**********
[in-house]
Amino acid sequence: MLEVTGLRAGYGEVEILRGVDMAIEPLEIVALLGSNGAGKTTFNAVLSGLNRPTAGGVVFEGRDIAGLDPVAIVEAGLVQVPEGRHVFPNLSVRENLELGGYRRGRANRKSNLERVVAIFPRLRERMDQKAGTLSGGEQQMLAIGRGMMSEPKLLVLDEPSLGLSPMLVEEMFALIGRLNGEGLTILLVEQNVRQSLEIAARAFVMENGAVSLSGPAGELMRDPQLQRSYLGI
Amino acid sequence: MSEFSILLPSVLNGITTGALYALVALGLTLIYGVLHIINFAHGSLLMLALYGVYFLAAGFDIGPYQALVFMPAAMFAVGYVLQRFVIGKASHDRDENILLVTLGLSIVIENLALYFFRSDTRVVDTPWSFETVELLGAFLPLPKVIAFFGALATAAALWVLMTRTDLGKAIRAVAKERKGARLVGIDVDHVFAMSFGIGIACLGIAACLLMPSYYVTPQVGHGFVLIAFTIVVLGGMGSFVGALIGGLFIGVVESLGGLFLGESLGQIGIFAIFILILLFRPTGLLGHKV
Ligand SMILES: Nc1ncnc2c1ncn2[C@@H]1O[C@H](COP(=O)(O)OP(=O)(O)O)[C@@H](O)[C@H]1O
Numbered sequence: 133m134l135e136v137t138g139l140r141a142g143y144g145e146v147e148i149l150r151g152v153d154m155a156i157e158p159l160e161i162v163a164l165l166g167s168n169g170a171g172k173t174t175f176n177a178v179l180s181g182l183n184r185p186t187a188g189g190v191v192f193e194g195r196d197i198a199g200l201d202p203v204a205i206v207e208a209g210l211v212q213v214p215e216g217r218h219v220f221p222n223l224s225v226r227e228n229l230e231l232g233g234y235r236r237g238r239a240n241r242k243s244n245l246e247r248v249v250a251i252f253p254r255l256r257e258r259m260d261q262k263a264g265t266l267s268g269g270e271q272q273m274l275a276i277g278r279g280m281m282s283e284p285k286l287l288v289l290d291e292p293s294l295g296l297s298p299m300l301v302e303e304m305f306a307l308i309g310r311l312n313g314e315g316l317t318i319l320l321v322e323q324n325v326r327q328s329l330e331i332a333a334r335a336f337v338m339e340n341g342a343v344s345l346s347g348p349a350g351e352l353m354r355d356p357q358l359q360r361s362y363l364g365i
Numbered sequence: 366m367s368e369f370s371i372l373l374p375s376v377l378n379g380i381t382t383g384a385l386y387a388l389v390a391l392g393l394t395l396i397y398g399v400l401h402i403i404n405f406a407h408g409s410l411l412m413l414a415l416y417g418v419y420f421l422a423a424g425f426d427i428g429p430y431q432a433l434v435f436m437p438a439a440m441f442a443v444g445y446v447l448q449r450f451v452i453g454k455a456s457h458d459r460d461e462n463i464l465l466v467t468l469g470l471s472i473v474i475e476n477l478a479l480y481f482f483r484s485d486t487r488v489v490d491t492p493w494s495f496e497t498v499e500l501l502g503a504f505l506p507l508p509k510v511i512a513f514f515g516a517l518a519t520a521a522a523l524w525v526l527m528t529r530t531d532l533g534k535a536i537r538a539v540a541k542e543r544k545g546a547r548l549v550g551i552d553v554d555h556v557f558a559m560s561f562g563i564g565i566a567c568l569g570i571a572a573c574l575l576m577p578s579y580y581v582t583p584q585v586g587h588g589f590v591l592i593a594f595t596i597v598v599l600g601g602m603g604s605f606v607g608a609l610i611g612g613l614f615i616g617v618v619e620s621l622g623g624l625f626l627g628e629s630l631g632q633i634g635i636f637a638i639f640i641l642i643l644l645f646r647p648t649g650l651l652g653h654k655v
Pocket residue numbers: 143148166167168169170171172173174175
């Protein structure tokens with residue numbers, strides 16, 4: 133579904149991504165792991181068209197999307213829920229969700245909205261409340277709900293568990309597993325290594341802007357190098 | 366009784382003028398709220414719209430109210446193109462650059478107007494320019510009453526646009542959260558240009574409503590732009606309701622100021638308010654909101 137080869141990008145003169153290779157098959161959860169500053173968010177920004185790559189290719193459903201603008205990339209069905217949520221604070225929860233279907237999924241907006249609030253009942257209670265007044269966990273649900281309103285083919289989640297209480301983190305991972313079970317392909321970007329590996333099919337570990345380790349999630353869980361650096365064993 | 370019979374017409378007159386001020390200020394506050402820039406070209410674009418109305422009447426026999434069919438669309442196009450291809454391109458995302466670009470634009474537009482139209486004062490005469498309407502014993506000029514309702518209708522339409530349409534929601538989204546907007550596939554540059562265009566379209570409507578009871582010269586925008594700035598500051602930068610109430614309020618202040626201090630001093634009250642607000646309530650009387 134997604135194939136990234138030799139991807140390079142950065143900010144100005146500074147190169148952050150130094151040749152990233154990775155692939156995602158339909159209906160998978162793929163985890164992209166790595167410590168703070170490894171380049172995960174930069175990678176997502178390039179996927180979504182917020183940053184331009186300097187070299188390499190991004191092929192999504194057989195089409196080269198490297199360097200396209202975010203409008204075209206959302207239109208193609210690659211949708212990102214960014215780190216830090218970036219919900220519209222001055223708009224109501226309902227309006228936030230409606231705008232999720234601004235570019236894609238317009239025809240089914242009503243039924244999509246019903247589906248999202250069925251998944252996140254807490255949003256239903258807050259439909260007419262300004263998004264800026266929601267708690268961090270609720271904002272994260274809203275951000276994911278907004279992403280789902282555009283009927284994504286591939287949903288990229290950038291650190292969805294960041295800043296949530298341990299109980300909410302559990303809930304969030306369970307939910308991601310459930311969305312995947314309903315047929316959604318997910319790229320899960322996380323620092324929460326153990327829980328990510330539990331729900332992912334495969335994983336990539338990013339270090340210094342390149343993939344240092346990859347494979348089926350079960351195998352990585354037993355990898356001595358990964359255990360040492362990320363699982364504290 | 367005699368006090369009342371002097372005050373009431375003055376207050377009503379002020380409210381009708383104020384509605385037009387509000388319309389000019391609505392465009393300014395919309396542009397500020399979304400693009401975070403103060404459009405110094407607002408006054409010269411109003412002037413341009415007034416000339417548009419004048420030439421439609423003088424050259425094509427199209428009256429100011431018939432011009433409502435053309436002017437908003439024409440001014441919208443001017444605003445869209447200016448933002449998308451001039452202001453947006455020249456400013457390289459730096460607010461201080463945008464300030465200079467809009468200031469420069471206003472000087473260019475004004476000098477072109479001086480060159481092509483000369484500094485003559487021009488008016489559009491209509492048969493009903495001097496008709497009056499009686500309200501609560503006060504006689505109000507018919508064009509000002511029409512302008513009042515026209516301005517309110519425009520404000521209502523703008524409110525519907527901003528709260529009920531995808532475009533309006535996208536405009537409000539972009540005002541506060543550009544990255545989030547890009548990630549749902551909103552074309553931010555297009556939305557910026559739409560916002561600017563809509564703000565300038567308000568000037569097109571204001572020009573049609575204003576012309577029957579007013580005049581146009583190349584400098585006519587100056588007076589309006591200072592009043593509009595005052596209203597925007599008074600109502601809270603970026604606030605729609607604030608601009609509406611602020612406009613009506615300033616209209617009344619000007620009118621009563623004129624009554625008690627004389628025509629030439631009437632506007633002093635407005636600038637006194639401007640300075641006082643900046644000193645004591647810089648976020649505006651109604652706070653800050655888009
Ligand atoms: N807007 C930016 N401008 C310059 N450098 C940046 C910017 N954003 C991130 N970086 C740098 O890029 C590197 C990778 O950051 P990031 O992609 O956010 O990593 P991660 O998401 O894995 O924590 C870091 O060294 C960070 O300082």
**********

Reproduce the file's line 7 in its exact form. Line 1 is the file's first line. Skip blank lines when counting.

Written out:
Pocket residue numbers: 143148166167168169170171172173174175